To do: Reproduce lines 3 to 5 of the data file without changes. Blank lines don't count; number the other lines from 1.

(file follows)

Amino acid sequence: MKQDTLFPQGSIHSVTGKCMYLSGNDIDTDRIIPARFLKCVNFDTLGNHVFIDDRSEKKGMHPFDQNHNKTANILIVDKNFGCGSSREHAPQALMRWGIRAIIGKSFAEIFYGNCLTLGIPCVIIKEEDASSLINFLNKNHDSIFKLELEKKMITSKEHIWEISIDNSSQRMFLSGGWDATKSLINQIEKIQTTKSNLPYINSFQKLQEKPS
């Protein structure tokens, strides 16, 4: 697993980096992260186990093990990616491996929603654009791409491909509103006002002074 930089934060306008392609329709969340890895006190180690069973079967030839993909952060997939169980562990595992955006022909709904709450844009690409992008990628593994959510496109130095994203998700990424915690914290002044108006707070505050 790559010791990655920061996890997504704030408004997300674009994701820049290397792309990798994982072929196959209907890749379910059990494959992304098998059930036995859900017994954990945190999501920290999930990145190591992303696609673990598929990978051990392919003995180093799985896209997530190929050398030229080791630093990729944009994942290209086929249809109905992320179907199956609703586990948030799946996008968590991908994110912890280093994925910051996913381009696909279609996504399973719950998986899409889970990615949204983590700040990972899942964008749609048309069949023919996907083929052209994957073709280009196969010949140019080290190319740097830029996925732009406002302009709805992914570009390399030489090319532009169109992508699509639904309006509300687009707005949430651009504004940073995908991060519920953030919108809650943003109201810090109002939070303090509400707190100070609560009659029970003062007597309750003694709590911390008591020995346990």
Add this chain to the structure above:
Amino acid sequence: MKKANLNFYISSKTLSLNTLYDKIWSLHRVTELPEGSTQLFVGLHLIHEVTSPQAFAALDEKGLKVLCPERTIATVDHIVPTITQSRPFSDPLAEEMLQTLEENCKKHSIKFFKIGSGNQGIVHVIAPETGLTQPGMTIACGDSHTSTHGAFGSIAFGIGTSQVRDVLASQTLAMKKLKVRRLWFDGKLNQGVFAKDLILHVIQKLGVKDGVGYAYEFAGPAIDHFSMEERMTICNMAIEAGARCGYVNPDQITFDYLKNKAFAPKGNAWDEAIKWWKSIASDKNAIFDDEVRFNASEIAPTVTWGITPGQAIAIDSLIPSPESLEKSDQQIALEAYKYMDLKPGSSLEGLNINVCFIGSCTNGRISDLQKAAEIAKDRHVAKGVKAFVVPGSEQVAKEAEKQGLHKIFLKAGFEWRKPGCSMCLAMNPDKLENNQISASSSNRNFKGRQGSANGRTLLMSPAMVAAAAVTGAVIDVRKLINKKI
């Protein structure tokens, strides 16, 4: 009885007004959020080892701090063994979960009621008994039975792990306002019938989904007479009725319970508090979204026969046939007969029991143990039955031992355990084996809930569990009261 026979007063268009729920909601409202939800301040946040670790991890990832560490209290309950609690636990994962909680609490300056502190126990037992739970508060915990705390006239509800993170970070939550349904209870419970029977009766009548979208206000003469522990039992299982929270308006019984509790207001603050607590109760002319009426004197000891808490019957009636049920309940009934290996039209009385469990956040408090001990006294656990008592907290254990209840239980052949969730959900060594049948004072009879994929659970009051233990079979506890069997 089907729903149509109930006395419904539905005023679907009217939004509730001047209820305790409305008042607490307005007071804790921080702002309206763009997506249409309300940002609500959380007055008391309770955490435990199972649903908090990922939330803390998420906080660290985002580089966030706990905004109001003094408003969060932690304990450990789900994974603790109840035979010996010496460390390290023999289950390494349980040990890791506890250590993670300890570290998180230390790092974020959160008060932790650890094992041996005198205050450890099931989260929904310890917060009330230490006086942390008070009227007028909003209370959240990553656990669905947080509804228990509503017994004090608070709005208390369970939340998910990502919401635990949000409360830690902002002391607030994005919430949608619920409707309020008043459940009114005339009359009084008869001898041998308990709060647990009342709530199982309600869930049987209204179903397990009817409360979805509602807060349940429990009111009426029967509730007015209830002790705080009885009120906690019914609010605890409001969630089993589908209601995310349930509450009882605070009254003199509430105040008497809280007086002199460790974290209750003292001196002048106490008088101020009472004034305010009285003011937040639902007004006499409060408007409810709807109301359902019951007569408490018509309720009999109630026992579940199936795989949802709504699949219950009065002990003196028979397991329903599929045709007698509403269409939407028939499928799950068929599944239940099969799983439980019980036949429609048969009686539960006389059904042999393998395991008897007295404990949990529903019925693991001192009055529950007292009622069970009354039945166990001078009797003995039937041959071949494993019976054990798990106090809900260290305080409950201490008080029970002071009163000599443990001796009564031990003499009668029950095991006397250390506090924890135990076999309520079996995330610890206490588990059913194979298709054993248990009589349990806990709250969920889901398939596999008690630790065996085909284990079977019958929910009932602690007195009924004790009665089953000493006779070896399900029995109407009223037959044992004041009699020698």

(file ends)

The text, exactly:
Add this chain to the structure above:
Amino acid sequence: MKKANLNFYISSKTLSLNTLYDKIWSLHRVTELPEGSTQLFVGLHLIHEVTSPQAFAALDEKGLKVLCPERTIATVDHIVPTITQSRPFSDPLAEEMLQTLEENCKKHSIKFFKIGSGNQGIVHVIAPETGLTQPGMTIACGDSHTSTHGAFGSIAFGIGTSQVRDVLASQTLAMKKLKVRRLWFDGKLNQGVFAKDLILHVIQKLGVKDGVGYAYEFAGPAIDHFSMEERMTICNMAIEAGARCGYVNPDQITFDYLKNKAFAPKGNAWDEAIKWWKSIASDKNAIFDDEVRFNASEIAPTVTWGITPGQAIAIDSLIPSPESLEKSDQQIALEAYKYMDLKPGSSLEGLNINVCFIGSCTNGRISDLQKAAEIAKDRHVAKGVKAFVVPGSEQVAKEAEKQGLHKIFLKAGFEWRKPGCSMCLAMNPDKLENNQISASSSNRNFKGRQGSANGRTLLMSPAMVAAAAVTGAVIDVRKLINKKI
């Protein structure tokens, strides 16, 4: 009885007004959020080892701090063994979960009621008994039975792990306002019938989904007479009725319970508090979204026969046939007969029991143990039955031992355990084996809930569990009261 026979007063268009729920909601409202939800301040946040670790991890990832560490209290309950609690636990994962909680609490300056502190126990037992739970508060915990705390006239509800993170970070939550349904209870419970029977009766009548979208206000003469522990039992299982929270308006019984509790207001603050607590109760002319009426004197000891808490019957009636049920309940009934290996039209009385469990956040408090001990006294656990008592907290254990209840239980052949969730959900060594049948004072009879994929659970009051233990079979506890069997 089907729903149509109930006395419904539905005023679907009217939004509730001047209820305790409305008042607490307005007071804790921080702002309206763009997506249409309300940002609500959380007055008391309770955490435990199972649903908090990922939330803390998420906080660290985002580089966030706990905004109001003094408003969060932690304990450990789900994974603790109840035979010996010496460390390290023999289950390494349980040990890791506890250590993670300890570290998180230390790092974020959160008060932790650890094992041996005198205050450890099931989260929904310890917060009330230490006086942390008070009227007028909003209370959240990553656990669905947080509804228990509503017994004090608070709005208390369970939340998910990502919401635990949000409360830690902002002391607030994005919430949608619920409707309020008043459940009114005339009359009084008869001898041998308990709060647990009342709530199982309600869930049987209204179903397990009817409360979805509602807060349940429990009111009426029967509730007015209830002790705080009885009120906690019914609010605890409001969630089993589908209601995310349930509450009882605070009254003199509430105040008497809280007086002199460790974290209750003292001196002048106490008088101020009472004034305010009285003011937040639902007004006499409060408007409810709807109301359902019951007569408490018509309720009999109630026992579940199936795989949802709504699949219950009065002990003196028979397991329903599929045709007698509403269409939407028939499928799950068929599944239940099969799983439980019980036949429609048969009686539960006389059904042999393998395991008897007295404990949990529903019925693991001192009055529950007292009622069970009354039945166990001078009797003995039937041959071949494993019976054990798990106090809900260290305080409950201490008080029970002071009163000599443990001796009564031990003499009668029950095991006397250390506090924890135990076999309520079996995330610890206490588990059913194979298709054993248990009589349990806990709250969920889901398939596999008690630790065996085909284990079977019958929910009932602690007195009924004790009665089953000493006779070896399900029995109407009223037959044992004041009699020698």